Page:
(Especially During an IEP Meeting)
The execution of an Individual Education Program (IEP) is the responsibility of your child's teacher and support staff, so having a teacher who advocates for your kid is a big deal. A teacher who has your back and looks out for your child can make a world of difference when dealing with the administration. Turning your child's teacher into your teammate has less to do with what you say and more to do with how you say it. However, there are some key talking points that will help you win support.
Begin With Friendly Small Talk to Humanize Your Child
When you show up to an IEP meeting, keep your notes tucked away for a few minutes. Winning over your teacher as an advocate begins with humanizing your family and ultimately your child. Talk about how your child is doing at home, their favorite activities or any praise your child has given the teacher at the end of the day. Starting on the right foot is key to developing a good relationship. Though you may be coming in with strong ideas or frustration, try to kick off your meeting with friendly chatter so the teacher isn't defensive.
Put the Teacher in Your Shoes
One of the most powerful questions you can ask a teacher is "If this was your child, what would you do?" Put the teacher in your shoes as often as you can. This is not only a strategy for getting an honest answer, but it will connect the teacher to your child and can make them more likely to advocate.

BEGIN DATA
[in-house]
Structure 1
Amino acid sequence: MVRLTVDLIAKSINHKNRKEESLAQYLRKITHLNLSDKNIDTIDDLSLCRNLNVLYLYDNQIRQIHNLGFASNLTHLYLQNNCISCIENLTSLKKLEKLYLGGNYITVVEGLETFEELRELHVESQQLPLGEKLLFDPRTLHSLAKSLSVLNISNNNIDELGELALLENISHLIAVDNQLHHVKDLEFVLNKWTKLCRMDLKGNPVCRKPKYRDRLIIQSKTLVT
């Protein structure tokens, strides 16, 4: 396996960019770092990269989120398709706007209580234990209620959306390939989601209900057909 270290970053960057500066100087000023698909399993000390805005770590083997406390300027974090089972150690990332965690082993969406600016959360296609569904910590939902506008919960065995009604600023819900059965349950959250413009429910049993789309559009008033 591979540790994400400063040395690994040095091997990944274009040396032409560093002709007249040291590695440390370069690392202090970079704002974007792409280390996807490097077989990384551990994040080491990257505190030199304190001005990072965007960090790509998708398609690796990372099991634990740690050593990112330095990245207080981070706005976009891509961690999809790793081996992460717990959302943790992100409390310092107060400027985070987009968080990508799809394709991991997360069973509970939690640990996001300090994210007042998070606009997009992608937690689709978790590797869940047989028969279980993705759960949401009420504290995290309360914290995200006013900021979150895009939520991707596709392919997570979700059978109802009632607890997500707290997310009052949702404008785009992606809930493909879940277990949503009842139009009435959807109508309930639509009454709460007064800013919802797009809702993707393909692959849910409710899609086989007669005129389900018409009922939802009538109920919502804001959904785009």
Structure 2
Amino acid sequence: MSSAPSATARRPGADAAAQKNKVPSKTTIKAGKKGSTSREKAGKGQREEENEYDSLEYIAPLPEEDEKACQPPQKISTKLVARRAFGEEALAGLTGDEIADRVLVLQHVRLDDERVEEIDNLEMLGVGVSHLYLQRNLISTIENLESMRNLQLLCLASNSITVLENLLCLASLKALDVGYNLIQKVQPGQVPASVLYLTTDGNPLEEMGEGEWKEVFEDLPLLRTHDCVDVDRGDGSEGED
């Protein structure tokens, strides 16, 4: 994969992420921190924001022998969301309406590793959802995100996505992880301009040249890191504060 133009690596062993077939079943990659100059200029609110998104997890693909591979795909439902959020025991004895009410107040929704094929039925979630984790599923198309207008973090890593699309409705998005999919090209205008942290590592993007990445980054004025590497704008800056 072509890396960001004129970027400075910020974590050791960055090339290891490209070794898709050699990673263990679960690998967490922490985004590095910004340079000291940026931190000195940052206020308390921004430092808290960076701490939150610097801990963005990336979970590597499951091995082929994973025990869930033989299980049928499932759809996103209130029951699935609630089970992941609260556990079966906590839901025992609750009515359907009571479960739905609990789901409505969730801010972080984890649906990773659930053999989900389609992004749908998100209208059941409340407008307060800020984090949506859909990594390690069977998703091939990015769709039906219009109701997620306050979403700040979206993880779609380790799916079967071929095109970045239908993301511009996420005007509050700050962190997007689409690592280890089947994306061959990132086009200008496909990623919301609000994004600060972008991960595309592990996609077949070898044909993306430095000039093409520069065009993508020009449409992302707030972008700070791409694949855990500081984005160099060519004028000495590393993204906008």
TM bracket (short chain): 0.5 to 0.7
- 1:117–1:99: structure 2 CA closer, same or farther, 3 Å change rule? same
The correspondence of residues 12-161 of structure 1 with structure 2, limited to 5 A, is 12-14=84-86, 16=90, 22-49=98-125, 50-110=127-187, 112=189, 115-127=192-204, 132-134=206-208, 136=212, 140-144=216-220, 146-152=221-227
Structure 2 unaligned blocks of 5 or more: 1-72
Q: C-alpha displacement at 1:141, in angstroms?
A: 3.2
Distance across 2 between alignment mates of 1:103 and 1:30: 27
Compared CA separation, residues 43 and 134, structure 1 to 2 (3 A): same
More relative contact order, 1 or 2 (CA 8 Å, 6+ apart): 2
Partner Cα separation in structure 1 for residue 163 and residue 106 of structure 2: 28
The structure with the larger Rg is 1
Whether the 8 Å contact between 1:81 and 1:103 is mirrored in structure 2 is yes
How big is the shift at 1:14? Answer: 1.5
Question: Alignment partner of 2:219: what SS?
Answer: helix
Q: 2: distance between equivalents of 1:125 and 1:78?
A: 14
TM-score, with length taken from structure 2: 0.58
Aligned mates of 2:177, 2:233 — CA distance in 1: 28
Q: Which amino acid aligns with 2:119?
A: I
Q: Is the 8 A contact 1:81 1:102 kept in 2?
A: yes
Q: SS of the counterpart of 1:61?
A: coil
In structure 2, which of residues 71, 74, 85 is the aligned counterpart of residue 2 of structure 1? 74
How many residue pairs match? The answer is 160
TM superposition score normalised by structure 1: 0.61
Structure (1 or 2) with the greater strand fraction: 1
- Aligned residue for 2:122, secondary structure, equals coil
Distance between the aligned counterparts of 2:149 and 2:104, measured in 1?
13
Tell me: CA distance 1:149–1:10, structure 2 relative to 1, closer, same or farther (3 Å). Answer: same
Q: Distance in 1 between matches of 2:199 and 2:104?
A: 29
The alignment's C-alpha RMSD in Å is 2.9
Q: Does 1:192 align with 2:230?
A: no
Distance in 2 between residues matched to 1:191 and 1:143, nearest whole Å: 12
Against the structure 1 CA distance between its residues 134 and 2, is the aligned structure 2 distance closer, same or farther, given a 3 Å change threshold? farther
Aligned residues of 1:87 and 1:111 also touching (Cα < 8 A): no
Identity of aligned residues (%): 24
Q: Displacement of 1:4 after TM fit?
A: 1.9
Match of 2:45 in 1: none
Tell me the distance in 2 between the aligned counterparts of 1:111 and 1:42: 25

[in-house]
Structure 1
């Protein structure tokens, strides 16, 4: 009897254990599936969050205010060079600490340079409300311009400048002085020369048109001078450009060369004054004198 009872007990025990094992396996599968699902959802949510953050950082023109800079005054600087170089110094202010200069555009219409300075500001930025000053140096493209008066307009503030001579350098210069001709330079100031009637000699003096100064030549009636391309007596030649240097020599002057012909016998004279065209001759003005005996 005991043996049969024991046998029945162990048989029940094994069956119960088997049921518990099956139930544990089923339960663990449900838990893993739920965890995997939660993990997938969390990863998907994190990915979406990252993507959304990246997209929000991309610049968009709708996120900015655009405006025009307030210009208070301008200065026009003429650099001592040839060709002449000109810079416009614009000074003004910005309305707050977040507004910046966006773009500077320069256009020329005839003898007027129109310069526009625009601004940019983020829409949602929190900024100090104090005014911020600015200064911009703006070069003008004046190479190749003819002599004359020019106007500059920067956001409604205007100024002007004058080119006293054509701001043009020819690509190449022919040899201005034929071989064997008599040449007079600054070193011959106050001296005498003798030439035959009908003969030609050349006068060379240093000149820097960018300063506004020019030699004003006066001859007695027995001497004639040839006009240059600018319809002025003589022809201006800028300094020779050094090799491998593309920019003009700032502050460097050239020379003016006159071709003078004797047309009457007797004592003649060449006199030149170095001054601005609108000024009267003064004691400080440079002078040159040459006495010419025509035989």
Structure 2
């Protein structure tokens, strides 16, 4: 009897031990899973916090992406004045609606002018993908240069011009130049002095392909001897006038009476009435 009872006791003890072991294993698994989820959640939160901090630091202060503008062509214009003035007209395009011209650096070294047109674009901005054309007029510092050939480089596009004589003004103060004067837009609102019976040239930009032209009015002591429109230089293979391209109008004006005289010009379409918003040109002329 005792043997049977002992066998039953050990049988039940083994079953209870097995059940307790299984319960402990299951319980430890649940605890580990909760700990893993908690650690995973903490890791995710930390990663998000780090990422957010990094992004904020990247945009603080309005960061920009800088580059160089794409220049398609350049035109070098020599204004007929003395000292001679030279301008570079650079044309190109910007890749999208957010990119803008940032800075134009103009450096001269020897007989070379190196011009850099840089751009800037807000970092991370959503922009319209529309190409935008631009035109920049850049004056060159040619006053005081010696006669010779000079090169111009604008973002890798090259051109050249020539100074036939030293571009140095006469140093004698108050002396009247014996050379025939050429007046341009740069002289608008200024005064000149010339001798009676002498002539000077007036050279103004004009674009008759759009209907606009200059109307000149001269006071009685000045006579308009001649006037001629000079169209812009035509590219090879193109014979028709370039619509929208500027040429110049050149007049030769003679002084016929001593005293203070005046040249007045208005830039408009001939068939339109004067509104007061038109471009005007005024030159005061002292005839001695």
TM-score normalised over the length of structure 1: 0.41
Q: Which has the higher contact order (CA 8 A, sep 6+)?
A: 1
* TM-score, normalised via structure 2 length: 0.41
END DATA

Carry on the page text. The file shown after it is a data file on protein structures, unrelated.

Show Appreciation as You Suggest Compromise
Teachers who feel appreciated may be more likely to step up for your child. As parents, you often have a different idea of what the IEP should be than what the administration is implementing. Showing appreciation for what the teacher is doing right as opposed to what you don't like, however, shifts the conversation to a more productive place. Even as you ask the teacher to make concessions or change the IEP, always offer thanks where it's due.
Turning your teacher into an advocate in an IEP meeting is one of the best ways to get help for a student who struggles. Whether your child has social issues, behavioral issues or learning challenges, connecting with the teacher fosters positive results.